Despite the vast amount of information available about Post Natal Depression (PND), there are still a lot of misconceptions about this illness that results in the tragic and avoidable stories we hear. So here are Five Dangerous Myths about PND and the truths that may have the potential to save a life.
- Myth #1: PND will get better with time: because PND is associated with the hormonal fluctuations women experience after having a baby, many people believe with the passage of time, their hormone levels will stabilise and they will start to feel much better.
If left untreated PND can result in long-term depression. It can affect the development of social and communication skills in children and jeapordise your relationship. If identified early, PND can be treated and completely cured. The treatment is more effective the earlier it is delivered. Leaving PND to fester and grow is dangerous for everybody.
- Myth #2: A mother with PND is unable to care for their child. The stereotypical image we see of PND is of a parent who is so overwhelmed by the emotional turmoil that they are unable to meet the basic needs of their child and tend to their household.
While extreme cases of post-natal psychosis can result in neglect and even serious harm to the child, many parents with PND are fully able to feed, bathe and even play with their children. They may have a spotless home and look immaculate, but having PND does not make you incompetent in any way, instead, it creates a heavy fog that makes it harder for you to find your true joy and true self in many situations.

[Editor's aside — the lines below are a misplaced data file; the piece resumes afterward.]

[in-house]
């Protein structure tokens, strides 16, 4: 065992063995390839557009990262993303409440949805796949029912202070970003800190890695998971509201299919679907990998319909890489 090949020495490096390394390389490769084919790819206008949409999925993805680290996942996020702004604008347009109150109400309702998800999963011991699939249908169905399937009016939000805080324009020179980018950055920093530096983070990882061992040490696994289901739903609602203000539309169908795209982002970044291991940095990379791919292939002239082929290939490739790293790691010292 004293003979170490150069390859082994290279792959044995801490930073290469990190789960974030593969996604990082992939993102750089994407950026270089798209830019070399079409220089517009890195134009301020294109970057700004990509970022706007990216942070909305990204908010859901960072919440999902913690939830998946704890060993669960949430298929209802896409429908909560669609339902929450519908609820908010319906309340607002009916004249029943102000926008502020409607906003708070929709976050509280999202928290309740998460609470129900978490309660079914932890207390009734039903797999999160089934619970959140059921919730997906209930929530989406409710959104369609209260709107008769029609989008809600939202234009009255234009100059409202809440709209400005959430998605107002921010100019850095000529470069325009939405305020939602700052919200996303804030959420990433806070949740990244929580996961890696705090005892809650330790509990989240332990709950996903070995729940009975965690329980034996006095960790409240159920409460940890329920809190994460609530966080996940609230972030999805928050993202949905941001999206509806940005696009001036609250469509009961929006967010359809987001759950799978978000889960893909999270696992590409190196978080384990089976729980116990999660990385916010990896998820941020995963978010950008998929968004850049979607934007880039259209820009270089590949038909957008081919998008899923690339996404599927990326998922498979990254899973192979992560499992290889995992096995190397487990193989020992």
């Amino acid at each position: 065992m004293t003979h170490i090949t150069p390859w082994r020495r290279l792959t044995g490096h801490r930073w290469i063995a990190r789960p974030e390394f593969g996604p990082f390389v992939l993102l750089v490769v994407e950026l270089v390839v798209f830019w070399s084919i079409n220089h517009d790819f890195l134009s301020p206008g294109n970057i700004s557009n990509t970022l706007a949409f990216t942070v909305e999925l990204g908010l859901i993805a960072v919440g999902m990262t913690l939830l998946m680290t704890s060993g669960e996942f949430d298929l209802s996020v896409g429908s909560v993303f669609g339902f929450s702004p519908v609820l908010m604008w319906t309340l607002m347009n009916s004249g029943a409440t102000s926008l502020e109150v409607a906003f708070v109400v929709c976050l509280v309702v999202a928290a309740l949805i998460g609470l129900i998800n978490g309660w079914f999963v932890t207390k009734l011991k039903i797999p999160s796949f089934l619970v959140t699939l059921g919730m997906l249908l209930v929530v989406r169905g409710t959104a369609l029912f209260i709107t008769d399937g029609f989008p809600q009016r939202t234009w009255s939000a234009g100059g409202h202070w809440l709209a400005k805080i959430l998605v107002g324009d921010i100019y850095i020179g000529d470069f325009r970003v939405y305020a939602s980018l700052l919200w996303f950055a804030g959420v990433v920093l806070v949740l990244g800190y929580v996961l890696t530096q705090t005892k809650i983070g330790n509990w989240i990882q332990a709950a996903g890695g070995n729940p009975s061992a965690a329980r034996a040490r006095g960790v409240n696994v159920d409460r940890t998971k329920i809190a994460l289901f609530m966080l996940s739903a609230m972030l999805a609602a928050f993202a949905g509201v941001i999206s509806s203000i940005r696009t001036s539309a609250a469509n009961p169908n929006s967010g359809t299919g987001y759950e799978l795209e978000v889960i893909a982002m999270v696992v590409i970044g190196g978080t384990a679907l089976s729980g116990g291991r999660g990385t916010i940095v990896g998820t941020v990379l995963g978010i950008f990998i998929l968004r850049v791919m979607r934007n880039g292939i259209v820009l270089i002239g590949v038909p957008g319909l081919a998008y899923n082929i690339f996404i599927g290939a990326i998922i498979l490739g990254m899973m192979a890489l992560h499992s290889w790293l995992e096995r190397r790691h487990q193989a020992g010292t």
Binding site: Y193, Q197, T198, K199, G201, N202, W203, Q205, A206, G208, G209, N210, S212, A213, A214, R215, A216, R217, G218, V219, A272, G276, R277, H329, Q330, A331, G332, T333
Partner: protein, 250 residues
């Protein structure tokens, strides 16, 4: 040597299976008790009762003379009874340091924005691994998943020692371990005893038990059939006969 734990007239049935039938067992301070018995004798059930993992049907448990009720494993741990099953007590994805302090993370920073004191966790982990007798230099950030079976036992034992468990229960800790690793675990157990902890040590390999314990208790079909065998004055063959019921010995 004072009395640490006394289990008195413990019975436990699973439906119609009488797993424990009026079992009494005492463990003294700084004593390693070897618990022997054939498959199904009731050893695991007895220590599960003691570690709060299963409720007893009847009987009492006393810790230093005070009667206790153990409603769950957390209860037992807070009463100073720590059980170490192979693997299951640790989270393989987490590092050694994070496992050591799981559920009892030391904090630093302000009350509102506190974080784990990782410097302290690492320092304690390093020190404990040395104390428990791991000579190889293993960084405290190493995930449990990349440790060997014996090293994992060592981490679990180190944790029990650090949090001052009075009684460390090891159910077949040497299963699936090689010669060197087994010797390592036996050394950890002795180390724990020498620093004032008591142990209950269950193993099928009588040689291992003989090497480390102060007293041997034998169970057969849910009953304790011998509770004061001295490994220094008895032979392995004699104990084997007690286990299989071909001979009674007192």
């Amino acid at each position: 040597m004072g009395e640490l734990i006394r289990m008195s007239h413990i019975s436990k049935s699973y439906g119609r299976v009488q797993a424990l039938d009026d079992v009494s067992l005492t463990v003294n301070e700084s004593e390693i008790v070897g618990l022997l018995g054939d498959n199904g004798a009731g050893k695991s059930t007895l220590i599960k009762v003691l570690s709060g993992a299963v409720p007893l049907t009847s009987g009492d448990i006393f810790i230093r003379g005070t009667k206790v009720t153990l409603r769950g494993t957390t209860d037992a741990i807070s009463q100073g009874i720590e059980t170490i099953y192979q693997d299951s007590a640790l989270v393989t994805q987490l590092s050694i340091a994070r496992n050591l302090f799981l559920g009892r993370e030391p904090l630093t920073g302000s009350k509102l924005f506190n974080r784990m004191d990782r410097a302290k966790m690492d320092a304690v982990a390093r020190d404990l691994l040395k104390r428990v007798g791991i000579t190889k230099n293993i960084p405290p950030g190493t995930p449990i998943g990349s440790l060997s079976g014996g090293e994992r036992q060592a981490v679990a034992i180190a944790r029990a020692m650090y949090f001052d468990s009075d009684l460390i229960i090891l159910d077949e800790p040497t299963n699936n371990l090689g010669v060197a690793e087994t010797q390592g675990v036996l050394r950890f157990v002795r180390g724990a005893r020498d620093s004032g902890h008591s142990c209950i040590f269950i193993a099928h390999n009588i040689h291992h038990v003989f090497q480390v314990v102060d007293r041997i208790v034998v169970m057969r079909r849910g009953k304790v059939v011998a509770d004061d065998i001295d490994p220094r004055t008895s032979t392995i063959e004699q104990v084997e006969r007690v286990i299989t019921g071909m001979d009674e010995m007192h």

- Myth #3: You aren’t crying, so it can’t be PND. Raising a new-born is no joke. The hormonal fluctuation, sleep deprivation, and unending pressure will result in tears at some point for everybody. It is only healthy to recognise and indulge these emotions with a good cry. But that doesn’t mean you have PND, nor does it mean you don’t have PND if you don’t have a good cry.
It is totally possible to have PND and not shed a single tear. You may instead feel irritable, tired or even indifferent and numb. Whether its sadness or something else you are feeling, if you are not feeling like yourself, speak to your doctor and ask them to help you work out if you may have post-natal depression.
- Myth #4: PND happens in the early months with a new-born. The Baby Blues tend to arrive in the first two weeks after a baby is born, causing mothers to feel tearful and anxious. Though the early months may be the hardest period of adjusting to being apparent, postnatal depression can occur anytime, from the first two weeks until the baby’s first birthday. It can appear gradually or be suddenly be triggered after weeks sleep deprivation, the baby being unwell or even feeding difficulties.
- Myth #5: PND only happens to women: While fathers may not experience the same biological changes after their baby is born, they can also experience significant depression in their child’s first year. One in 10 men are thought to experience PND with an increased likelihood if their partner also PND.
There are treatments and support available for PND, so please don’t suffer alone. Tell a friend, your GP or contact an accredited helpline for Postnatal depression (eg. Maternal Mental Health Alliance), or join the discussion on twitter every day this week at 8-9pm on #PNDHour